Although originally bred as a gun dog used to retrieve shot waterfowl, the Golden Retriever has become one of the most popular breeds in America today. Its high intelligence level and gentle temperament makes it a versatile choice for a search and rescue dog, guide dog, detection dog, hunting dog, or simply a family companion. Of course, one of the reasons this breed is so popular is because it is incredibly easy to train, especially with the right tips.
A Golden Retriever can be trained to fetch anything from a ball to a human trapped beneath rubble. In fact, Bear, an 11-year-old Golden Retriever was the first dog on the scene at the World Trade Center on 9/11 to work 18-hour days. So, teaching your dog to fetch a ball is simple! It is in his nature! Toss the ball a short distance, and use a command for him to bring it back. When he does, get him to drop the ball by providing a treat. Increase the distance every time.
Goldens excel at swimming. Some will naturally take to the water; others will panic and end up in a vertical position, doggy paddling, but not getting anywhere. If this happens, keep one hand under his belly and the other on his back to keep him level. As he gets the hang of it, remove one hand at a time. Never force your dog to go in the water. Some need a few visits before they are comfortable.
This is a common concern with Golden Retriever parents. In most cases, it is resulted from the dog being permitted to jump as a puppy. If you have adopted an adult that jumps, he might have never been taught this behavior is unacceptable. This is your job. By pushing him away, you encourage the behavior because he may think you are playing. If he jumps when you come home and you give him attention, this also encourages the behavior. You need to turn your back and ignore him. When he stops and calms down, then give him your attention, so he knows you do not appreciate that behavior.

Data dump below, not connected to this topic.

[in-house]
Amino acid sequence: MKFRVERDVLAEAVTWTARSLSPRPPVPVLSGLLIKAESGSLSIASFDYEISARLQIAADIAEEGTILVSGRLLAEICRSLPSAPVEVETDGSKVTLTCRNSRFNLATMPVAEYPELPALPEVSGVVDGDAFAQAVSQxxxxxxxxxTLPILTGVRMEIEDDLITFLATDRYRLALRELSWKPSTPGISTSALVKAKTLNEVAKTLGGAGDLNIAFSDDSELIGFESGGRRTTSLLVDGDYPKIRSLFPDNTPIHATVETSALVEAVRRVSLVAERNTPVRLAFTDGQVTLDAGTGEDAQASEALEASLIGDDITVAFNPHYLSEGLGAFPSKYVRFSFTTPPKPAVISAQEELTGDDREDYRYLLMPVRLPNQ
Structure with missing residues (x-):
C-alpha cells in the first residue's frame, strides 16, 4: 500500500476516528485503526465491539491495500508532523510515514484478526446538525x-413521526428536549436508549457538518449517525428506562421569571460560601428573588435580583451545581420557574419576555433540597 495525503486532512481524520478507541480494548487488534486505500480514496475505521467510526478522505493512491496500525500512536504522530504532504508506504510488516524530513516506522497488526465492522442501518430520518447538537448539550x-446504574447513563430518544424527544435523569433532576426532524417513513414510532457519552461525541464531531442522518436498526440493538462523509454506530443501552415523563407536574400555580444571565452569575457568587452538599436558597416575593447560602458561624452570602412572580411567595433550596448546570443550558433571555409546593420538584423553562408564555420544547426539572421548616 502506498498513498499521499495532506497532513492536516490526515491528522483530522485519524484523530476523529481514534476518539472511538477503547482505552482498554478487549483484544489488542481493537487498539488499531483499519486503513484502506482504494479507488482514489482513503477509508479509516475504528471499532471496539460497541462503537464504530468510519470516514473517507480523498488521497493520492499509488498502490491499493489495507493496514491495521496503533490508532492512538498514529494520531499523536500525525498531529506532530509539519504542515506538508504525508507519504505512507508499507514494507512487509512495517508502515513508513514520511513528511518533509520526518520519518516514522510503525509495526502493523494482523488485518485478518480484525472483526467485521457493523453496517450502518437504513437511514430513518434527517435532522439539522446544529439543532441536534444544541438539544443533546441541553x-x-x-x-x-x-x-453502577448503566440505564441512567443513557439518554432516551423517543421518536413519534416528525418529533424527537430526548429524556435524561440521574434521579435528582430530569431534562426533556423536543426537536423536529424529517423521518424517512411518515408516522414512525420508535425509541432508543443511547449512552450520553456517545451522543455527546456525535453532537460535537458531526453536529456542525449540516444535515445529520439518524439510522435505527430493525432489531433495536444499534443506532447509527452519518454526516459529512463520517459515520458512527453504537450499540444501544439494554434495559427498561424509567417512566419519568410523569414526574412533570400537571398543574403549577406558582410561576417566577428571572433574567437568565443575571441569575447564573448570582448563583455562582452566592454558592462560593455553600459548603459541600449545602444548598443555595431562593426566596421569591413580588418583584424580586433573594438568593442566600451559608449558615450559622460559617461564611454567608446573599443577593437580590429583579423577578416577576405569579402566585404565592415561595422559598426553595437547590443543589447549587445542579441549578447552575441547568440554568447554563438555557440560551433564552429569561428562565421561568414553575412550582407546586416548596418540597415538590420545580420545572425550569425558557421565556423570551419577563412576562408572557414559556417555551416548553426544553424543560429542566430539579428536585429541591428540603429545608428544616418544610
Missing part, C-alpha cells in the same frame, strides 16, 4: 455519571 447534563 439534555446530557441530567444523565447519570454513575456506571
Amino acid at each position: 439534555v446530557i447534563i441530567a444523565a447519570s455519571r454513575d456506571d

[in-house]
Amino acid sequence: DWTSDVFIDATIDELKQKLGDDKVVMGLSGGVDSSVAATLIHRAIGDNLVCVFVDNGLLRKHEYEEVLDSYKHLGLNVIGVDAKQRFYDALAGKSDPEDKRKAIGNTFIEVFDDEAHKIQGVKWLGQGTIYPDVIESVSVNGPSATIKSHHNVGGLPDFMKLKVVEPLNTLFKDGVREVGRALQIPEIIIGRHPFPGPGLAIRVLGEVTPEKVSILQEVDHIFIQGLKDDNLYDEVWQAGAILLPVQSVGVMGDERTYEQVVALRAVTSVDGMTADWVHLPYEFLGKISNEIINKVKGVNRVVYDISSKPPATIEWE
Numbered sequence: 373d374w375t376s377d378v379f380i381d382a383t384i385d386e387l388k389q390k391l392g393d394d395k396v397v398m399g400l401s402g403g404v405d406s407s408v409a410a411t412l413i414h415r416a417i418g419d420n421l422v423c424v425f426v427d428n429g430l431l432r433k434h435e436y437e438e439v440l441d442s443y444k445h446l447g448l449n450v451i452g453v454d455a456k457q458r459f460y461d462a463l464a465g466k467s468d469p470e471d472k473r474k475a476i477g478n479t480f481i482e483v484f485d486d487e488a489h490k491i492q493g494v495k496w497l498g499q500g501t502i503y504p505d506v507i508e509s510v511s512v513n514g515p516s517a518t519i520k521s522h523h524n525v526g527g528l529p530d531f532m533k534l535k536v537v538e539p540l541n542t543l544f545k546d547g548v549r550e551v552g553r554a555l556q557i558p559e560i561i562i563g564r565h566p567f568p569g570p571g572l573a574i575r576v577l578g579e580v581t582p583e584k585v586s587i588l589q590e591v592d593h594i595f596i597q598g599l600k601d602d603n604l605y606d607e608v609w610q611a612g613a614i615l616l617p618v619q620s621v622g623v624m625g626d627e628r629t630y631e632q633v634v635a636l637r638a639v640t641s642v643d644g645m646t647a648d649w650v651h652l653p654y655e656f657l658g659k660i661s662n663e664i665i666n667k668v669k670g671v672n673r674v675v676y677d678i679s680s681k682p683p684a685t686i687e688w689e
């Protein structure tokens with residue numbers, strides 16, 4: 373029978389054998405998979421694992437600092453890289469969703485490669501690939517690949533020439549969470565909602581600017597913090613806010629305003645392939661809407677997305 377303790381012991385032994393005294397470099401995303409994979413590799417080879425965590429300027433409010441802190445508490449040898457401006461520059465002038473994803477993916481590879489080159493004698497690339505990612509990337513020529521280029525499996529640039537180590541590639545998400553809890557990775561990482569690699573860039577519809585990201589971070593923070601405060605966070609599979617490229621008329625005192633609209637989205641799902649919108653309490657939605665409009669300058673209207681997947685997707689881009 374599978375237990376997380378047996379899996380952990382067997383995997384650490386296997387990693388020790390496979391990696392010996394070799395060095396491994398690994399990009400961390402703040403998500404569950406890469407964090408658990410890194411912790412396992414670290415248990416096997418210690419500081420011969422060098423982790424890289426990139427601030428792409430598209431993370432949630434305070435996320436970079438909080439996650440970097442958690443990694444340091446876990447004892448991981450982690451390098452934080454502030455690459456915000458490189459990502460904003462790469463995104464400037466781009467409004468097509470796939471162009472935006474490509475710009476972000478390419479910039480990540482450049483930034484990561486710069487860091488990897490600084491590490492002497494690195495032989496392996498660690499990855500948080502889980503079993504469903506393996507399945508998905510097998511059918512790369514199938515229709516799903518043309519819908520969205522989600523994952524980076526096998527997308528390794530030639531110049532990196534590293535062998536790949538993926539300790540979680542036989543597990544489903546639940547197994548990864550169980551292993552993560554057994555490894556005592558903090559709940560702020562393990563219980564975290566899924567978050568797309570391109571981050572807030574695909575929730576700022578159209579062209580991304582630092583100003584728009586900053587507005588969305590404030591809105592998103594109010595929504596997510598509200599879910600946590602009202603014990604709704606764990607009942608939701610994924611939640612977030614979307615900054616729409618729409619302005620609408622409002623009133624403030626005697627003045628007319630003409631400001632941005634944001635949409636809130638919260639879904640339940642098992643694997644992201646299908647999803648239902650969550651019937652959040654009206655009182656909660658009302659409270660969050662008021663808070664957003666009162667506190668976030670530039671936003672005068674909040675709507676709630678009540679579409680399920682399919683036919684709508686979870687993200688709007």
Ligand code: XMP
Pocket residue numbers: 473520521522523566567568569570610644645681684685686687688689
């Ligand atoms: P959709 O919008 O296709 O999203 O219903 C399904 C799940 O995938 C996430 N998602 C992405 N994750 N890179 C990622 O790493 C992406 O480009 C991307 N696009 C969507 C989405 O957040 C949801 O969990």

This is just a fancy word for poop-eating. Golden Retrievers have a dirty little secret; they are notorious for eating poop, whether it is their own or whatever they find on your morning walk. At home, the simple solution is to clean it up immediately. Also, the “leave it” command will be helpful at home or away. Always be on the lookout for landmines your dog may find appealing while you are walking, so you can try to avoid them.
Does your Golden growl at other dogs if they get near his ball at the dog park? Is he guarding his toys from your kids or other pets in the house? Never directly challenge him. Swap one item for another. Do this frequently so he never places more value on one item. Keep an extra ball handy at the dog park, too! Positive reinforcement should always be provided when he accepts his new toy and allows you to take the old one.
Goldens absolutely love to dig! These archaeological escapades are not conducive to your manicured landscaping, but they are sure to burn a lot of energy! Giving him his own digging pit somewhere is ideal. Bury toys and treats in his designated area, and let him have the time of his life. Make sure his pit is clearly marked with flags or posts, so he can easily identify it. You will need to supervise until you are sure he knows his boundaries. If this is not an option, put his poop or a water balloon in his hole. When he returns he won’t want to dig there. You will need to be consistent with doing this to future holes, but he will eventually get the hint or lose interest.